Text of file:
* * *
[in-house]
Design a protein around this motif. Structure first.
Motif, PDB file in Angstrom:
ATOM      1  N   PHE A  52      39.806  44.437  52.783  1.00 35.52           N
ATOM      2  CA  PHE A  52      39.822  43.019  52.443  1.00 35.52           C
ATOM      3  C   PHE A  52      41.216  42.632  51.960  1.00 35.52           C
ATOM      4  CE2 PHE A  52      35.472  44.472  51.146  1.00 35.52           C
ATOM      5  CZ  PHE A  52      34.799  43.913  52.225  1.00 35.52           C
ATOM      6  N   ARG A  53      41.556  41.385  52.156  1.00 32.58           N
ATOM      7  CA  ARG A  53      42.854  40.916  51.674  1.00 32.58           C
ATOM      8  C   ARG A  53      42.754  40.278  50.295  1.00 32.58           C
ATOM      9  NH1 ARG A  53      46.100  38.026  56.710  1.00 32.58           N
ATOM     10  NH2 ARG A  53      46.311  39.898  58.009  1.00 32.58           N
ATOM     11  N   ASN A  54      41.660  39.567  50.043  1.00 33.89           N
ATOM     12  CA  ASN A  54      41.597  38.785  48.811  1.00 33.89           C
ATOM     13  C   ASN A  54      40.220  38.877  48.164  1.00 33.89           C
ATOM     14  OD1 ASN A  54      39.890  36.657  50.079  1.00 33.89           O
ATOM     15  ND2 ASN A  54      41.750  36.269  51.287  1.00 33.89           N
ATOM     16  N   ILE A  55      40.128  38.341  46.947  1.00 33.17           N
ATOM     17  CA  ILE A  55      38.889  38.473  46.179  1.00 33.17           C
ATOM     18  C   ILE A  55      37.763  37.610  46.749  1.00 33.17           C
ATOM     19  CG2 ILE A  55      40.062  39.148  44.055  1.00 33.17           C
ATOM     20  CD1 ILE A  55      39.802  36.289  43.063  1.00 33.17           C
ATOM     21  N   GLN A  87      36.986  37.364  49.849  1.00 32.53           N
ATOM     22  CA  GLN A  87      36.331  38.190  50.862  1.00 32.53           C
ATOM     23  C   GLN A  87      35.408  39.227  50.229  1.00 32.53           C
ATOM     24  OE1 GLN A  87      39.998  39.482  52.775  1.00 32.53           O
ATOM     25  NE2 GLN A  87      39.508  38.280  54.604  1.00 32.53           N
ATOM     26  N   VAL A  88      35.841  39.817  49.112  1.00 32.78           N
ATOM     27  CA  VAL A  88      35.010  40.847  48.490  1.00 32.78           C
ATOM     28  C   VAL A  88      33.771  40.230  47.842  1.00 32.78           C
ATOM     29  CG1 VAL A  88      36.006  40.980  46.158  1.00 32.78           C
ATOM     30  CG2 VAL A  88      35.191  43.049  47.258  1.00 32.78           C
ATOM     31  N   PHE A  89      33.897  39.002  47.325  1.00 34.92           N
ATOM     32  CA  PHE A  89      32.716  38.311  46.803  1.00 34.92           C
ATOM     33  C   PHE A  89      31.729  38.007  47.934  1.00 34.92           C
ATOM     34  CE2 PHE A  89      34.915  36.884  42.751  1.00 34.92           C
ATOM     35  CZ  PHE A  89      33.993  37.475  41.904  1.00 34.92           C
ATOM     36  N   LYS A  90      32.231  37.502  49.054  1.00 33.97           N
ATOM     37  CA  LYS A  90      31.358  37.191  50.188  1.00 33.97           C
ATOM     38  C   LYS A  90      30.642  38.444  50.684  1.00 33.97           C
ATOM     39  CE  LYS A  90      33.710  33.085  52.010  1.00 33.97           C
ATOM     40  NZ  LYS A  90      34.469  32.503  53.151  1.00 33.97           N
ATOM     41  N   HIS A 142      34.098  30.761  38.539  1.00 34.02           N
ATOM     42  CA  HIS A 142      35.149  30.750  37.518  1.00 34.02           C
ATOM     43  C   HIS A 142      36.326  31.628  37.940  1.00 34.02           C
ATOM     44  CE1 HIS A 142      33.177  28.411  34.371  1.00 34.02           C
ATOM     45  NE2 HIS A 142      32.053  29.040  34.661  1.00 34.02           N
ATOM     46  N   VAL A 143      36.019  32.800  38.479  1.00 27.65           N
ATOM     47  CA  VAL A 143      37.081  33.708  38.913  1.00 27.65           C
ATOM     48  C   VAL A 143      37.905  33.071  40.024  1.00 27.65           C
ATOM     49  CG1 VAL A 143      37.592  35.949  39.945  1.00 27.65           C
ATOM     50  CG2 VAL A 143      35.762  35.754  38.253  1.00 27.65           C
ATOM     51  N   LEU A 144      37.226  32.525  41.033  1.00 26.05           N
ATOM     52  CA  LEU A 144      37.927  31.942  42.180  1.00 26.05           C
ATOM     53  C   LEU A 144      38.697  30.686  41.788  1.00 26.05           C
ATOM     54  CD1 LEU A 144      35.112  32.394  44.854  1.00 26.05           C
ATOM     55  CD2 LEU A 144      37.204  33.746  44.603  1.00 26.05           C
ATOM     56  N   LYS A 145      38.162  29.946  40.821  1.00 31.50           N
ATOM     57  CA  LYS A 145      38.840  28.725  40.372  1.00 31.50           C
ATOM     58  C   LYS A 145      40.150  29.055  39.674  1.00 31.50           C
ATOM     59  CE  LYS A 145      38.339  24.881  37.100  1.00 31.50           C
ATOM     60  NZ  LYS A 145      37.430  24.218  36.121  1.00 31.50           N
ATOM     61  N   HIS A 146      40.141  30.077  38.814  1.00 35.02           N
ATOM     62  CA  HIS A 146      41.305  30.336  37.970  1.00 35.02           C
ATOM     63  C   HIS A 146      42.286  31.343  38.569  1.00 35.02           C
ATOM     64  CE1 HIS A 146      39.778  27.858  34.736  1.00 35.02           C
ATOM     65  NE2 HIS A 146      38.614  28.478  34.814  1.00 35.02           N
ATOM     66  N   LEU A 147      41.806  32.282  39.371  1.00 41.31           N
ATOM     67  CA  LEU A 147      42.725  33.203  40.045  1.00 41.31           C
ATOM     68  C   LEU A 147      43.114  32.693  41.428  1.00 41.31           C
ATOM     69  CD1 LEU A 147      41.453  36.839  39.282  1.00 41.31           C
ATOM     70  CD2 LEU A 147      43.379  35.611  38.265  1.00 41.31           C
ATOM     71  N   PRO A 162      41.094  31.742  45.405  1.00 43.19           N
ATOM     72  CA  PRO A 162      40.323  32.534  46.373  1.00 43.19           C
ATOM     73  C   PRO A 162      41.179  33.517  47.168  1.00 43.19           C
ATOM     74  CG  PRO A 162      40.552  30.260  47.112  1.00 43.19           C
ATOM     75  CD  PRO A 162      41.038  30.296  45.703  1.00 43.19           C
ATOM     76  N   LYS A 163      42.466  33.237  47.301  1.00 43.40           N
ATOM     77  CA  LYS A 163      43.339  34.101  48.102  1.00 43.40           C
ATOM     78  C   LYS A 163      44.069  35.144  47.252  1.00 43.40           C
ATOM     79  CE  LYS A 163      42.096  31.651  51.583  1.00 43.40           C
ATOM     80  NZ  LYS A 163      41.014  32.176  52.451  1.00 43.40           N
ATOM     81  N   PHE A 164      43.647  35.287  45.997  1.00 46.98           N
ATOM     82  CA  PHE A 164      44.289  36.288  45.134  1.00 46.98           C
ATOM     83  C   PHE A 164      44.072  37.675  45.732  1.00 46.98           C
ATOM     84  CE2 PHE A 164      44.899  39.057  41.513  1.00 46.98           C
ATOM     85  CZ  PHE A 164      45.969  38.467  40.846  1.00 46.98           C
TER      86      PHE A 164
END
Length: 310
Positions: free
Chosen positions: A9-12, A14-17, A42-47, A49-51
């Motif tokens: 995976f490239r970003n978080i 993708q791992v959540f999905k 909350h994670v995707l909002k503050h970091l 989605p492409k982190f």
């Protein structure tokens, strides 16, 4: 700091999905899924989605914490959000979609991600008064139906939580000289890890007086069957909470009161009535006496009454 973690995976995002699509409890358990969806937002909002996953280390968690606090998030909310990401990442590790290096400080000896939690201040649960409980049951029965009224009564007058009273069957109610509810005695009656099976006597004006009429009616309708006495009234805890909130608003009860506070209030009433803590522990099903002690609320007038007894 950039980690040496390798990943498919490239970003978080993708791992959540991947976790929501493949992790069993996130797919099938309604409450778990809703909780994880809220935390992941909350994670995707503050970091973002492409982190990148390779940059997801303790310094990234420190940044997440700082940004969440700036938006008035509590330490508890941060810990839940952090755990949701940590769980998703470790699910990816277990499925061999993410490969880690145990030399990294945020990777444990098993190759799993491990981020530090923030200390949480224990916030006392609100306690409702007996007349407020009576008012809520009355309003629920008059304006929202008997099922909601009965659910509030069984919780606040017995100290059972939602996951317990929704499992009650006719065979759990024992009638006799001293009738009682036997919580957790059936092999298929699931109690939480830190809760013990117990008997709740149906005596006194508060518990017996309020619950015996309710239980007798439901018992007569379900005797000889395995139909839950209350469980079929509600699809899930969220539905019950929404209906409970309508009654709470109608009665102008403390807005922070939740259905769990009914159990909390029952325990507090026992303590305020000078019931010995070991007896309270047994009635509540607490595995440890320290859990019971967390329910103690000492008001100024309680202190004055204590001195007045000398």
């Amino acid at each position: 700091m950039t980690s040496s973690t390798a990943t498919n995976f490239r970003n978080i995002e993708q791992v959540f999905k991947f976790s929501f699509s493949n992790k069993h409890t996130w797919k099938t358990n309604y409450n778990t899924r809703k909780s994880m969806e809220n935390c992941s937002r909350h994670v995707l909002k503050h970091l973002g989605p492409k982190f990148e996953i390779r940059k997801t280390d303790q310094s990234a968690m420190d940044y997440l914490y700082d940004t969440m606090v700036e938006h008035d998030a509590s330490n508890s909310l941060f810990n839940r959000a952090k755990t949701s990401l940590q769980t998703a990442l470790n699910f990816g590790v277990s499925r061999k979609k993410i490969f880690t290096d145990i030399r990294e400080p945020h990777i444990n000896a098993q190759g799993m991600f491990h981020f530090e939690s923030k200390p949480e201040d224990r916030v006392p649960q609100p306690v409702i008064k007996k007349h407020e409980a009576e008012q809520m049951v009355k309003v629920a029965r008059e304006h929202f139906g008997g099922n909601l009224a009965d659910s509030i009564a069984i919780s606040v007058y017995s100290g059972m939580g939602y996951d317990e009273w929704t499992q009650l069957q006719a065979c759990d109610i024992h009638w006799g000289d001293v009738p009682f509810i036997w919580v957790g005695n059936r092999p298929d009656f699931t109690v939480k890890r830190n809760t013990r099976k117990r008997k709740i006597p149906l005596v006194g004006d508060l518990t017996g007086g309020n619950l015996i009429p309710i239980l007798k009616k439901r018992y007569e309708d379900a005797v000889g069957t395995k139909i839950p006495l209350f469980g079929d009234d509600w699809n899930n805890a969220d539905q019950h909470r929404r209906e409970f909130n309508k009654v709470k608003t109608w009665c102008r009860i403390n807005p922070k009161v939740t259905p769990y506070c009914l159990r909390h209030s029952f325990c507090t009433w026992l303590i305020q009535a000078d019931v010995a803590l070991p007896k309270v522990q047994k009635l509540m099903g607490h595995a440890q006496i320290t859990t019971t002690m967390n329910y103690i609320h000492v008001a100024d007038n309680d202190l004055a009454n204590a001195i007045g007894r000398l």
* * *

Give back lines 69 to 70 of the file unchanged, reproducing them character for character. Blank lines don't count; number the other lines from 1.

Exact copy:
ATOM     66  N   LEU A 147      41.806  32.282  39.371  1.00 41.31           N
ATOM     67  CA  LEU A 147      42.725  33.203  40.045  1.00 41.31           C